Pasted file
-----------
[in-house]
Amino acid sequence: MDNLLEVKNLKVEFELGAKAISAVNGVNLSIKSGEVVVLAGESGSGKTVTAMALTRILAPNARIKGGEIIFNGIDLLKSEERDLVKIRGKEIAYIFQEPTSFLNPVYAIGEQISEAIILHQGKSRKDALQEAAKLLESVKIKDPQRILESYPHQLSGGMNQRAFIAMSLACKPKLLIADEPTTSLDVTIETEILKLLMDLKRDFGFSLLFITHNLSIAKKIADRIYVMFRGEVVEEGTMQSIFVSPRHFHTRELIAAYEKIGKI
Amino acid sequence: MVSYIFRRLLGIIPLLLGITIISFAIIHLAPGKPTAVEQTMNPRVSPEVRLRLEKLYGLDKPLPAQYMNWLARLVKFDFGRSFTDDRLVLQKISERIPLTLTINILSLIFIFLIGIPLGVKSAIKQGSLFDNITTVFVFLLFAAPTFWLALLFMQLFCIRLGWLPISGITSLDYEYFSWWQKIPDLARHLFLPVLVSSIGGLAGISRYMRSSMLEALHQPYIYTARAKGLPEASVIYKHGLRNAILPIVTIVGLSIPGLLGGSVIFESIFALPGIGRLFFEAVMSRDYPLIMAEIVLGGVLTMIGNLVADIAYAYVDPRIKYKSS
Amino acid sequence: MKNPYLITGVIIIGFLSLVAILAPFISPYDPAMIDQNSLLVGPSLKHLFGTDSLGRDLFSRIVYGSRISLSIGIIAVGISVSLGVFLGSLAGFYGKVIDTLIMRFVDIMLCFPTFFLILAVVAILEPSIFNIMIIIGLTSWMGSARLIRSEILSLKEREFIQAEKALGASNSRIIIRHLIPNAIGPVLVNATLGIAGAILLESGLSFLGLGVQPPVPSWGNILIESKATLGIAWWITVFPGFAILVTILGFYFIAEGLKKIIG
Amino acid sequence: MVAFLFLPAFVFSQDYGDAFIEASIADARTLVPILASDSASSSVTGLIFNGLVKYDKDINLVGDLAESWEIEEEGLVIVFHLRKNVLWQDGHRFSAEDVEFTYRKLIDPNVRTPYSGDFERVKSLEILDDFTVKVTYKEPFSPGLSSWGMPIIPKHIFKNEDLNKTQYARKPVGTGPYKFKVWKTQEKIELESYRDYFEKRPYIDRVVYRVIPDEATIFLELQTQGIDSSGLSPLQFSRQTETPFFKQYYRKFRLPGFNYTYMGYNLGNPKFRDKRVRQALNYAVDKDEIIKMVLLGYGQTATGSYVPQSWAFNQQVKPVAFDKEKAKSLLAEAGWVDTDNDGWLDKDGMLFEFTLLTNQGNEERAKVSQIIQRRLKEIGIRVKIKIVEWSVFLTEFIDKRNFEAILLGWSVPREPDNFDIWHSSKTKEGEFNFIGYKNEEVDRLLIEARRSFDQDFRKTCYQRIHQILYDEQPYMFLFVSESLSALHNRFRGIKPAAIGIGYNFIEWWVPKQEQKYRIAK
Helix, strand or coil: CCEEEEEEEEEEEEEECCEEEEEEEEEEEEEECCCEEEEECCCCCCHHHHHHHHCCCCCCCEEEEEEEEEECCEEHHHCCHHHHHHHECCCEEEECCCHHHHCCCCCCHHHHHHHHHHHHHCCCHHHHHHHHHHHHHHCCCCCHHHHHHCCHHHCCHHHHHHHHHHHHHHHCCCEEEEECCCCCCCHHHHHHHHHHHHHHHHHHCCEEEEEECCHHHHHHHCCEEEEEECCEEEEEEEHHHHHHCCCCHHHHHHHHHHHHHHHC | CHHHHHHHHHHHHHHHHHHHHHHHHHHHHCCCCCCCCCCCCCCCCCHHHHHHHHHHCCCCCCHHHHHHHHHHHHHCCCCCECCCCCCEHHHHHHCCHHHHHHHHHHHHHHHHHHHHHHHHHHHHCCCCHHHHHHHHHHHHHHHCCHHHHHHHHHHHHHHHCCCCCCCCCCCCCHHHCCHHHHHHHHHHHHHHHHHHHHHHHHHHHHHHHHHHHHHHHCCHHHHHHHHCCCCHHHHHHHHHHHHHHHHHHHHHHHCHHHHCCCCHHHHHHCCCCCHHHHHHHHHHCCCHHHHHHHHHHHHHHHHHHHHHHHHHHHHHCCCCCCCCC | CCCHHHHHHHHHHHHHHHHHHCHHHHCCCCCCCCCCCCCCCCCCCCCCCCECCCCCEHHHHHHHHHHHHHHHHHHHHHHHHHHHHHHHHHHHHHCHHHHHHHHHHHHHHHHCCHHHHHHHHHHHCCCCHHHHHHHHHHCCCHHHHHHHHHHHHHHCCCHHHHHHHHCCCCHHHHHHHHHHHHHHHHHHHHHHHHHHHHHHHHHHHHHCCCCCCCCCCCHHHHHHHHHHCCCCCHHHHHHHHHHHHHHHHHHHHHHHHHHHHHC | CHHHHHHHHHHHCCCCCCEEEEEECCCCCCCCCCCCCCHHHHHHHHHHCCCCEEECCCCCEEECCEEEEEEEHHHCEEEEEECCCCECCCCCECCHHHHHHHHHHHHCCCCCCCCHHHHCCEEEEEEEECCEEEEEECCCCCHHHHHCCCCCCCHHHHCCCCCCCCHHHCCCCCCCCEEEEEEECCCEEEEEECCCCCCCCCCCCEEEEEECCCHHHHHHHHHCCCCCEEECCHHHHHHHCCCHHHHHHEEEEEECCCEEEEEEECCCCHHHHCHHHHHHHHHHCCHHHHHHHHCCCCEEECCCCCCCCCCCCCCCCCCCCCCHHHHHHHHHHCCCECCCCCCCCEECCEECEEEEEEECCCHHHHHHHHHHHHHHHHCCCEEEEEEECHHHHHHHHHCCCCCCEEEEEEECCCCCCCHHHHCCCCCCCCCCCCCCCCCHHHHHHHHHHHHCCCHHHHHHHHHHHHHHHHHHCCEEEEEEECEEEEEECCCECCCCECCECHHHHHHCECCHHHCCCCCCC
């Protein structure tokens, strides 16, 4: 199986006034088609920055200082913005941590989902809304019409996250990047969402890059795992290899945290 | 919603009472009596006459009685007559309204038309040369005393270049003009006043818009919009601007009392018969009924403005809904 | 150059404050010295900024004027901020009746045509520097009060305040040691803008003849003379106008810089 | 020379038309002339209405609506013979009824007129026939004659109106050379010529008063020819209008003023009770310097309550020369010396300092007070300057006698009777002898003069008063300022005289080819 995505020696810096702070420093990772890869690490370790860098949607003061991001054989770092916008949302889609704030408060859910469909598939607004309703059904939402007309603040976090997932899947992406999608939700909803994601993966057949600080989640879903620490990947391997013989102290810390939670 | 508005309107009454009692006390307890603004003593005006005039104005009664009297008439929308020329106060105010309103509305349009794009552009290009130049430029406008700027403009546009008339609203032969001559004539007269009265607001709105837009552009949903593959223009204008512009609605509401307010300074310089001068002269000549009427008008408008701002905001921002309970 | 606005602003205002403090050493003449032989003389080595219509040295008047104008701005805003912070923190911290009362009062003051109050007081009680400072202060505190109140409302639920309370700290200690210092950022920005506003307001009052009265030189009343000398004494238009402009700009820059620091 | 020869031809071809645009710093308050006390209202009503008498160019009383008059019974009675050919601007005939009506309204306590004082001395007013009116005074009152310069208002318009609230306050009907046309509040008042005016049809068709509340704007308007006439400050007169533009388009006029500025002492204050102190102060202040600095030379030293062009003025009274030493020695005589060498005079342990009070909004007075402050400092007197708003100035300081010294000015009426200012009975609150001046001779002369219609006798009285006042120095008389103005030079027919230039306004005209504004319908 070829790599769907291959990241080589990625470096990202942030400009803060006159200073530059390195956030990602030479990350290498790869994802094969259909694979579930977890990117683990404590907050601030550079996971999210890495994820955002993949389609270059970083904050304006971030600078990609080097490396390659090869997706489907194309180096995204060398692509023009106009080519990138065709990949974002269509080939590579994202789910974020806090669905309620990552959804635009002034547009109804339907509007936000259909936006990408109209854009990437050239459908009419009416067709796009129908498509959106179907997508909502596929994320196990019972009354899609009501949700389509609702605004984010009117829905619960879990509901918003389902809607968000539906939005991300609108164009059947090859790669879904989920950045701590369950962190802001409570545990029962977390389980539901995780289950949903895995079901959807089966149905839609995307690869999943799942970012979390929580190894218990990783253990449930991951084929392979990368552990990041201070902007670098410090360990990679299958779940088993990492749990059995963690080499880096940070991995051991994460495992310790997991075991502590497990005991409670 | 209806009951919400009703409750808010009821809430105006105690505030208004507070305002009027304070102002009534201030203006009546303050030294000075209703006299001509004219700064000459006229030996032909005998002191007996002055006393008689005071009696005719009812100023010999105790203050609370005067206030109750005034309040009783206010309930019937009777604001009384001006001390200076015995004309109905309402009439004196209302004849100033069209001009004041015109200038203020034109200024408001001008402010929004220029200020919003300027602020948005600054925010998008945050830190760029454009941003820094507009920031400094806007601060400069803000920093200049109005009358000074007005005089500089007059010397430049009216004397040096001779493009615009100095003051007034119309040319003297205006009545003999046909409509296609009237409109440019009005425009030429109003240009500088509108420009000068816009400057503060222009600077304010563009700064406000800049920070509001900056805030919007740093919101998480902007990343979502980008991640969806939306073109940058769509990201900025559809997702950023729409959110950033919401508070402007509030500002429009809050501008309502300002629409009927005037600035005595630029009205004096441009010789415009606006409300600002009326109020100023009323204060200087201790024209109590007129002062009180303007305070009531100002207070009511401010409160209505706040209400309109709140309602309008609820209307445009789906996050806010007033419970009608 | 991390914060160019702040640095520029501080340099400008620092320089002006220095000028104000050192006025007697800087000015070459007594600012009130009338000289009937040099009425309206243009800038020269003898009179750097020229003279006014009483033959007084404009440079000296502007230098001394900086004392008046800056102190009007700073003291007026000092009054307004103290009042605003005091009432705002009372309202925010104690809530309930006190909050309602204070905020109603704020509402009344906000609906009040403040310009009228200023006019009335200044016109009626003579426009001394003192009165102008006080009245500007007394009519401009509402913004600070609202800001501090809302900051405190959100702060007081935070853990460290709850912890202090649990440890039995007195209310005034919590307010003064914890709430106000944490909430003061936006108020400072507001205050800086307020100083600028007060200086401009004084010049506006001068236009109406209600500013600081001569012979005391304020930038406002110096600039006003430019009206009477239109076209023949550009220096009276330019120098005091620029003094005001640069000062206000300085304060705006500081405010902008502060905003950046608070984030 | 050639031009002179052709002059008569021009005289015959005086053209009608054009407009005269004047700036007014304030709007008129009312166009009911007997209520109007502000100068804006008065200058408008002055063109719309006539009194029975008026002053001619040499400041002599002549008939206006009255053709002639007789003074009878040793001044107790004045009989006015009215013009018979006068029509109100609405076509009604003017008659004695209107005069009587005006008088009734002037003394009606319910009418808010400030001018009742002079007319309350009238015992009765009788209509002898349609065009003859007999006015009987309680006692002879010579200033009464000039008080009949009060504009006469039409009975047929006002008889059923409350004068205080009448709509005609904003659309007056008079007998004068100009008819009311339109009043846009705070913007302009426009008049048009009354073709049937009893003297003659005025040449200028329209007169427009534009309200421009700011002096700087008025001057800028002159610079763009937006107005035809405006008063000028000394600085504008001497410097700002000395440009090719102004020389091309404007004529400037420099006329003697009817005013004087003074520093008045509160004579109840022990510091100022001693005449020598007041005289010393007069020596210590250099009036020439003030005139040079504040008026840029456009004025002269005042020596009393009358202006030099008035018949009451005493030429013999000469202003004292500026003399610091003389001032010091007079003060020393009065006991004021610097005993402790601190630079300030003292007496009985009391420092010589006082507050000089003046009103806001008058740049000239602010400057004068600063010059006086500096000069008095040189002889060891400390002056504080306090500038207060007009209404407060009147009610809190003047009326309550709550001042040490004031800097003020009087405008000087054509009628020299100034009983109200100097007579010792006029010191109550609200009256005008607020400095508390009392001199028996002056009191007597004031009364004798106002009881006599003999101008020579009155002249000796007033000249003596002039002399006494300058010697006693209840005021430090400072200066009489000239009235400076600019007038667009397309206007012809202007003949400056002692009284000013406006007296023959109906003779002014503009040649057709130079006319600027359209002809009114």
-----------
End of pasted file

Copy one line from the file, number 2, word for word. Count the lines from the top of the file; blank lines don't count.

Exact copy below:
Amino acid sequence: MDNLLEVKNLKVEFELGAKAISAVNGVNLSIKSGEVVVLAGESGSGKTVTAMALTRILAPNARIKGGEIIFNGIDLLKSEERDLVKIRGKEIAYIFQEPTSFLNPVYAIGEQISEAIILHQGKSRKDALQEAAKLLESVKIKDPQRILESYPHQLSGGMNQRAFIAMSLACKPKLLIADEPTTSLDVTIETEILKLLMDLKRDFGFSLLFITHNLSIAKKIADRIYVMFRGEVVEEGTMQSIFVSPRHFHTRELIAAYEKIGKI